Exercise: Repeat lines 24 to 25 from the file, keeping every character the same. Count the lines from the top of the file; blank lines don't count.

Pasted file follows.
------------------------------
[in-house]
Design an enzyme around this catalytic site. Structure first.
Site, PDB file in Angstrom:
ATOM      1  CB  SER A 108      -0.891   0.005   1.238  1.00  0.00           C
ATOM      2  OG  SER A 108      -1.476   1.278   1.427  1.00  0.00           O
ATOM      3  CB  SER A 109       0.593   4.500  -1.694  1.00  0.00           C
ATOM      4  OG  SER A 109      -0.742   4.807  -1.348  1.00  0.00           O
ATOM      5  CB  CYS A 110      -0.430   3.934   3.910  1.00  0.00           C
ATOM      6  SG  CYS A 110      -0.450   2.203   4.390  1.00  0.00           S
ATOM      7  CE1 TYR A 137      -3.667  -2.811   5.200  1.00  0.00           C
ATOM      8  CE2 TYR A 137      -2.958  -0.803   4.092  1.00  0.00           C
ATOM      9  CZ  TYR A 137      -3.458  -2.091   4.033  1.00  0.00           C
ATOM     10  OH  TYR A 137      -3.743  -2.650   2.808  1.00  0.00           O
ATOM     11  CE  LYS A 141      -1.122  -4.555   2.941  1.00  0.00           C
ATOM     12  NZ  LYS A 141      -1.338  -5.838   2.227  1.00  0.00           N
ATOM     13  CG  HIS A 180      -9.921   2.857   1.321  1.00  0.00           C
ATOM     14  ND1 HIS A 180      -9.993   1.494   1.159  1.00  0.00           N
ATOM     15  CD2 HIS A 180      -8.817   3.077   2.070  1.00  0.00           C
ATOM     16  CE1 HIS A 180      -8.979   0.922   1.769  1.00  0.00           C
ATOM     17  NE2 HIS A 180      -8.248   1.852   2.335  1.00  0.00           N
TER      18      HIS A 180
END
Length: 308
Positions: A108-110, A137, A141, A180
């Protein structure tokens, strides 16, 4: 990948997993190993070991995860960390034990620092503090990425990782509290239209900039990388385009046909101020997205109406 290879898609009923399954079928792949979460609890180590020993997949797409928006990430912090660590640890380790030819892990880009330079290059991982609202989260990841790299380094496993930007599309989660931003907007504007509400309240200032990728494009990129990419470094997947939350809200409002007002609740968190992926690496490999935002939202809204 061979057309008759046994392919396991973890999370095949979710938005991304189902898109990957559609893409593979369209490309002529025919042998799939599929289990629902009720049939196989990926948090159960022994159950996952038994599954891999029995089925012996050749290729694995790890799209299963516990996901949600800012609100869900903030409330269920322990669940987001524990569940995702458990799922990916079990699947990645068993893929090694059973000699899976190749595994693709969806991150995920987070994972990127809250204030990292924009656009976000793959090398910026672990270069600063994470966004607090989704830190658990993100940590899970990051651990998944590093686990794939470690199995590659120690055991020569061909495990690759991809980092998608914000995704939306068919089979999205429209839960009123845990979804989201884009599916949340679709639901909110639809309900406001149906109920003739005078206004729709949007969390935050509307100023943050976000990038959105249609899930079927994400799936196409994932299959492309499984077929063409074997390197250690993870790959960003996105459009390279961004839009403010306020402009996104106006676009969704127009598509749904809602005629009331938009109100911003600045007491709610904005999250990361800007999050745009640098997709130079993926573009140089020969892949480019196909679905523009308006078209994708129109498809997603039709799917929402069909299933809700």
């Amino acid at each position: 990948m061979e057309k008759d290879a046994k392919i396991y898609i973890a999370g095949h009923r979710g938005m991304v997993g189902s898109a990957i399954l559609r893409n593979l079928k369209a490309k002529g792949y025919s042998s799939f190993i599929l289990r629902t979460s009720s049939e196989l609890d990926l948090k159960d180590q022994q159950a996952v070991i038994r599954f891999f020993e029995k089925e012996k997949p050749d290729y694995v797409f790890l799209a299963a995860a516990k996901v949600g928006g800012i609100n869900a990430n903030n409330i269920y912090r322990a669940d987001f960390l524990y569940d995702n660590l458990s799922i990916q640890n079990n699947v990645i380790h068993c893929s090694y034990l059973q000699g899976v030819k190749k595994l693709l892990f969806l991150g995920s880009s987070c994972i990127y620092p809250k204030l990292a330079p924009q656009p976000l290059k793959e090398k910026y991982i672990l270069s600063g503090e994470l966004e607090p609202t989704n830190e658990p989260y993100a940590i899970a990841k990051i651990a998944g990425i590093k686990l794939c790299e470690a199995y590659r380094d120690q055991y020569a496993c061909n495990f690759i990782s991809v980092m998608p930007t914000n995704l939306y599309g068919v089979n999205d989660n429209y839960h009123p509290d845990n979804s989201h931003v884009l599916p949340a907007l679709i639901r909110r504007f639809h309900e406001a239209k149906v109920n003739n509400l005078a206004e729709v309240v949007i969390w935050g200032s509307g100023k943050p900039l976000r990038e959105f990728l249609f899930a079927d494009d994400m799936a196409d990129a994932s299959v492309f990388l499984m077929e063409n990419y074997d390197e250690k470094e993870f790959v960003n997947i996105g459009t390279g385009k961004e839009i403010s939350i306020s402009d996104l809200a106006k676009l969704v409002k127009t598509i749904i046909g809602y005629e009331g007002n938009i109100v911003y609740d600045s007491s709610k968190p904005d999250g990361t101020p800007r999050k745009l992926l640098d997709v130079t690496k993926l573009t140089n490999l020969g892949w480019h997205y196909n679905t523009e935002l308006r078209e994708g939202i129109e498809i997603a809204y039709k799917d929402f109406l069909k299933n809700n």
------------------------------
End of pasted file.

Positions: A108-110, A137, A141, A180
């Protein structure tokens, strides 16, 4: 990948997993190993070991995860960390034990620092503090990425990782509290239209900039990388385009046909101020997205109406 290879898609009923399954079928792949979460609890180590020993997949797409928006990430912090660590640890380790030819892990880009330079290059991982609202989260990841790299380094496993930007599309989660931003907007504007509400309240200032990728494009990129990419470094997947939350809200409002007002609740968190992926690496490999935002939202809204 061979057309008759046994392919396991973890999370095949979710938005991304189902898109990957559609893409593979369209490309002529025919042998799939599929289990629902009720049939196989990926948090159960022994159950996952038994599954891999029995089925012996050749290729694995790890799209299963516990996901949600800012609100869900903030409330269920322990669940987001524990569940995702458990799922990916079990699947990645068993893929090694059973000699899976190749595994693709969806991150995920987070994972990127809250204030990292924009656009976000793959090398910026672990270069600063994470966004607090989704830190658990993100940590899970990051651990998944590093686990794939470690199995590659120690055991020569061909495990690759991809980092998608914000995704939306068919089979999205429209839960009123845990979804989201884009599916949340679709639901909110639809309900406001149906109920003739005078206004729709949007969390935050509307100023943050976000990038959105249609899930079927994400799936196409994932299959492309499984077929063409074997390197250690993870790959960003996105459009390279961004839009403010306020402009996104106006676009969704127009598509749904809602005629009331938009109100911003600045007491709610904005999250990361800007999050745009640098997709130079993926573009140089020969892949480019196909679905523009308006078209994708129109498809997603039709799917929402069909299933809700």